Research
Print page Print page
Switch language
The Capital Region of Denmark - a part of Copenhagen University Hospital
E-pub ahead of print

Parkinson patients have a presynaptic serotonergic deficit: A dynamic deep brain stimulation PET study

Research output: Contribution to journalJournal articleResearchpeer-review

DOI

  1. Cerebrovascular effects of glibenclamide investigated using high-resolution magnetic resonance imaging in healthy volunteers

    Research output: Contribution to journalJournal articleResearchpeer-review

  2. Glutamate levels and perfusion in pons during migraine attacks: A 3T MRI study using proton spectroscopy and arterial spin labeling

    Research output: Contribution to journalJournal articleResearchpeer-review

  3. High spatiotemporal vessel-specific hemodynamic mapping with multi-echo single-vessel fMRI

    Research output: Contribution to journalJournal articleResearchpeer-review

  4. Modification of oxygen consumption and blood flow in mouse somatosensory cortex by cell-type-specific neuronal activity

    Research output: Contribution to journalJournal articleResearchpeer-review

  1. Challenges in conducting paediatric trials with off-patent drugs

    Research output: Contribution to journalJournal articleResearchpeer-review

  2. MR-vejledt laserablation til behandling af hjernetumorer og epilepsi

    Research output: Contribution to journalJournal articleResearchpeer-review

  3. Prevalence of cognitive impairment and its relation to mental health in Danish lymphoma survivors

    Research output: Contribution to journalJournal articleResearchpeer-review

  4. A high-resolution in vivo atlas of the human brain's benzodiazepine binding site of GABAA receptors

    Research output: Contribution to journalJournal articleResearchpeer-review

View graph of relations

Patients with Parkinson's disease (PD) often suffer from non-motor symptoms, which may be caused by serotonergic dysfunction. Apart from alleviating the motor symptoms, Deep Brain Stimulation (DBS) in the subthalamic nucleus (STN) may also influence non-motor symptoms. The aim of this study is to investigate how turning DBS off affects the serotonergic system. We here exploit a novel functional PET neuroimaging methodology to evaluate the preservation of serotonergic neurons and capacity to release serotonin. We measured cerebral 5-HT1BR binding in 13 DBS-STN treated PD patients, at baseline and after turning DBS off. Ten age-matched volunteers served as controls. Clinical measures of motor symptoms were assessed under the two conditions and correlated to the PET measures of the static and dynamic integrity of the serotonergic system. PD patients exhibited a significant loss of frontal and parietal 5-HT1BR, and the loss was significantly correlated to motor symptom severity. We saw a corresponding release of serotonin, but only in brain regions with preserved 5-HT1BR, suggesting the presence of a presynaptic serotonergic deficit. Our study demonstrates that DBS-STN dynamically regulates the serotonin system in PD, and that preservation of serotonergic functions may be predictive of DBS-STN effects.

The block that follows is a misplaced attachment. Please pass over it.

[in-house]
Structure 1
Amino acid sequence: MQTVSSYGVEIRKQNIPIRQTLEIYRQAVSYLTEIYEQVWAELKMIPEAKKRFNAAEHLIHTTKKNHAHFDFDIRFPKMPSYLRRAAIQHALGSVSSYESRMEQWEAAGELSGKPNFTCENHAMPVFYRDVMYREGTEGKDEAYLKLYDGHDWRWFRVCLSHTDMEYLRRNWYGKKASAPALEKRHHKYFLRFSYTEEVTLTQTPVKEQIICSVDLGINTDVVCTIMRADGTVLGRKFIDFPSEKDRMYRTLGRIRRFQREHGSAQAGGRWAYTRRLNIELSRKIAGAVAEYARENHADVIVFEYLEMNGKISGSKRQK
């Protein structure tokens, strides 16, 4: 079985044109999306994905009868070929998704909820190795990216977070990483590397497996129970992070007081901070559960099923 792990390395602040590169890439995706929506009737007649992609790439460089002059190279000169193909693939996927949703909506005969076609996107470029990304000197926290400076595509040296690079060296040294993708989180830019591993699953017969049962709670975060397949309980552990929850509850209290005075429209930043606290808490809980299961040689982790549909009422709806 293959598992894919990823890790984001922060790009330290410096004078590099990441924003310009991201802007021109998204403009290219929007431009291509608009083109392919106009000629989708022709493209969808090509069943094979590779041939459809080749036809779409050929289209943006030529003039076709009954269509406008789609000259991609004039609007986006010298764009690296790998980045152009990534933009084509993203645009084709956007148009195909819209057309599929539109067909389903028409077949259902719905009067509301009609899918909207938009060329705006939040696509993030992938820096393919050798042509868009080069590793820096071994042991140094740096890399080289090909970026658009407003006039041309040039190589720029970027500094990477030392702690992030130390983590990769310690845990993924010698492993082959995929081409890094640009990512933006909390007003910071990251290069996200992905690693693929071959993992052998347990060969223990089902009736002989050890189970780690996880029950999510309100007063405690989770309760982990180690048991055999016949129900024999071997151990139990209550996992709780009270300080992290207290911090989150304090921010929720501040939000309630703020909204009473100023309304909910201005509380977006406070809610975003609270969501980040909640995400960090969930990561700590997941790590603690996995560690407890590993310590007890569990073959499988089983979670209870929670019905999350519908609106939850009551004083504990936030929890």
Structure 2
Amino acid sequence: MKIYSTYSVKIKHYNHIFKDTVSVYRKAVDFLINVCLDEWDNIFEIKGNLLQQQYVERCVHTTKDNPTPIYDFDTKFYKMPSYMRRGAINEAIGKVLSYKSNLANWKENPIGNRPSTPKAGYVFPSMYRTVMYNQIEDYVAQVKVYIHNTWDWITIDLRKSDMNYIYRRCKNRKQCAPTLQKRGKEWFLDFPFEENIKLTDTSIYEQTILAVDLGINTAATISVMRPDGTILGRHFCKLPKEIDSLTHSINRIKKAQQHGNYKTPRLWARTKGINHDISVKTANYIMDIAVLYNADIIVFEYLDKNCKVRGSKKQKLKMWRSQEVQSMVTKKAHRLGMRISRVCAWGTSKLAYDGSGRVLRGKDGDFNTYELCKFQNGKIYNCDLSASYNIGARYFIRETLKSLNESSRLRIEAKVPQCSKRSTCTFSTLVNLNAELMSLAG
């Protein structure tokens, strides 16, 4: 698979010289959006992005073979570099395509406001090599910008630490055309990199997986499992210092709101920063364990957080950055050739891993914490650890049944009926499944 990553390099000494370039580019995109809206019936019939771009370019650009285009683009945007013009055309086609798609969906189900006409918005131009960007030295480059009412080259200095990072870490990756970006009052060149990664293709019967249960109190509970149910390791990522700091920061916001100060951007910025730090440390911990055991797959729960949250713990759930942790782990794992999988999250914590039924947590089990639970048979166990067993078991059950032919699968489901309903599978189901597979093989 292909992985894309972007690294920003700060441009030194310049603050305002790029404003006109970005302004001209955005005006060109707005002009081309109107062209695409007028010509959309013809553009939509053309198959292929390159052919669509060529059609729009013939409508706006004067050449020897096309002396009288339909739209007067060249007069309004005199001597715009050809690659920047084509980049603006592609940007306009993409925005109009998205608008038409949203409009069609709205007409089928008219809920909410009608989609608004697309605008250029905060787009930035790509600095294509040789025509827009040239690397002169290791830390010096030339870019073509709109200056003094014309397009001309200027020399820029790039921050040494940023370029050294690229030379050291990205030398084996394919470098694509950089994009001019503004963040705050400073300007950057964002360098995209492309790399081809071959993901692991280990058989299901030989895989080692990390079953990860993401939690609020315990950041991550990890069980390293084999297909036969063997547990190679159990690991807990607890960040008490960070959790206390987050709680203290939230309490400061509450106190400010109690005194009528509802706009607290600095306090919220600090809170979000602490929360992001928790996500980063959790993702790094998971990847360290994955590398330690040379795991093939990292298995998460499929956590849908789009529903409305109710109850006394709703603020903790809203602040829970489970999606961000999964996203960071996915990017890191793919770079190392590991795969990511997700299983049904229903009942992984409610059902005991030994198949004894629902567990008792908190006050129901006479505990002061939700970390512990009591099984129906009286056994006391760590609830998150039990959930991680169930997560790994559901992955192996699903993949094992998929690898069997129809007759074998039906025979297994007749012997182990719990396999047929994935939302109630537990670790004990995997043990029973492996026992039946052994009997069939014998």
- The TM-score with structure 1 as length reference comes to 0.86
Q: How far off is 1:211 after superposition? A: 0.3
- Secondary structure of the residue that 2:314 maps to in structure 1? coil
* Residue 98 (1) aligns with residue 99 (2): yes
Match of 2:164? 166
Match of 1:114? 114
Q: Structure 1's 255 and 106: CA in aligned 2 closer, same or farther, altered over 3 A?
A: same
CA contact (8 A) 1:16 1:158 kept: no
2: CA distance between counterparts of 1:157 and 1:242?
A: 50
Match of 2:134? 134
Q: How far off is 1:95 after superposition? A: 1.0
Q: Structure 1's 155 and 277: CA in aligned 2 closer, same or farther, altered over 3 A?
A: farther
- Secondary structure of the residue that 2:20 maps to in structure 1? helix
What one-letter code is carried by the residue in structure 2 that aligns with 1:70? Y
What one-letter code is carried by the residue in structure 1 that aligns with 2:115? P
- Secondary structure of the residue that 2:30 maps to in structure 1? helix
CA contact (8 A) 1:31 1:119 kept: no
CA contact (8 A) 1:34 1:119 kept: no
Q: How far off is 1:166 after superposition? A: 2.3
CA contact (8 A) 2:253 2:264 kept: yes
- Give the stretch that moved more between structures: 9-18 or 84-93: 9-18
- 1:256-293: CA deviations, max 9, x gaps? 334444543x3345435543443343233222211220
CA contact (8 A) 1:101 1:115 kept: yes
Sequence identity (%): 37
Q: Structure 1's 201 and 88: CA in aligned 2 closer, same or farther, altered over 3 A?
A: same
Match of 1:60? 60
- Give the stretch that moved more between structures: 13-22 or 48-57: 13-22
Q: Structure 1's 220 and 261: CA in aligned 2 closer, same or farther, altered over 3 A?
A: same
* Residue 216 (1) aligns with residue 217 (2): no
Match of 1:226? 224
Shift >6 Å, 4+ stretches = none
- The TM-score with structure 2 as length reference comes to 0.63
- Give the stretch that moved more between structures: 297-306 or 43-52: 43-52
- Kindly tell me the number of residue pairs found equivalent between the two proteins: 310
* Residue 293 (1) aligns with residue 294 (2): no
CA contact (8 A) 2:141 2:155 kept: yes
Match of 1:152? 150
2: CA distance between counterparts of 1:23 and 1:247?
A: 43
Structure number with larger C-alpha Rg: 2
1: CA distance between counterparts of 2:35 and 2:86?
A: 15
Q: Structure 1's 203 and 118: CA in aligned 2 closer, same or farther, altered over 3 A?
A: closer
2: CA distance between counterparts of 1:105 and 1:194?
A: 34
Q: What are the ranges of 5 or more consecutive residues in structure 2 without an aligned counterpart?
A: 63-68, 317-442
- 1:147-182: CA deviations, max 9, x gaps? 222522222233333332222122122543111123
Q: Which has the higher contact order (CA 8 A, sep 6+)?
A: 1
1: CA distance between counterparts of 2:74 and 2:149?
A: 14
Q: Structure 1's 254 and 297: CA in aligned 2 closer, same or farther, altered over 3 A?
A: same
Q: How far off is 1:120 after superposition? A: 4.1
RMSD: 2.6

Original languageEnglish
JournalJournal of cerebral blood flow and metabolism : official journal of the International Society of Cerebral Blood Flow and Metabolism
Pages (from-to)271678X20982389
ISSN0271-678X
DOIs
Publication statusE-pub ahead of print - 18 Jan 2021

    Research areas

  • Deep brain stimulation, Parkinson’s disease, positron emission tomography, serotonin (5-HT), symptoms

ID: 62238644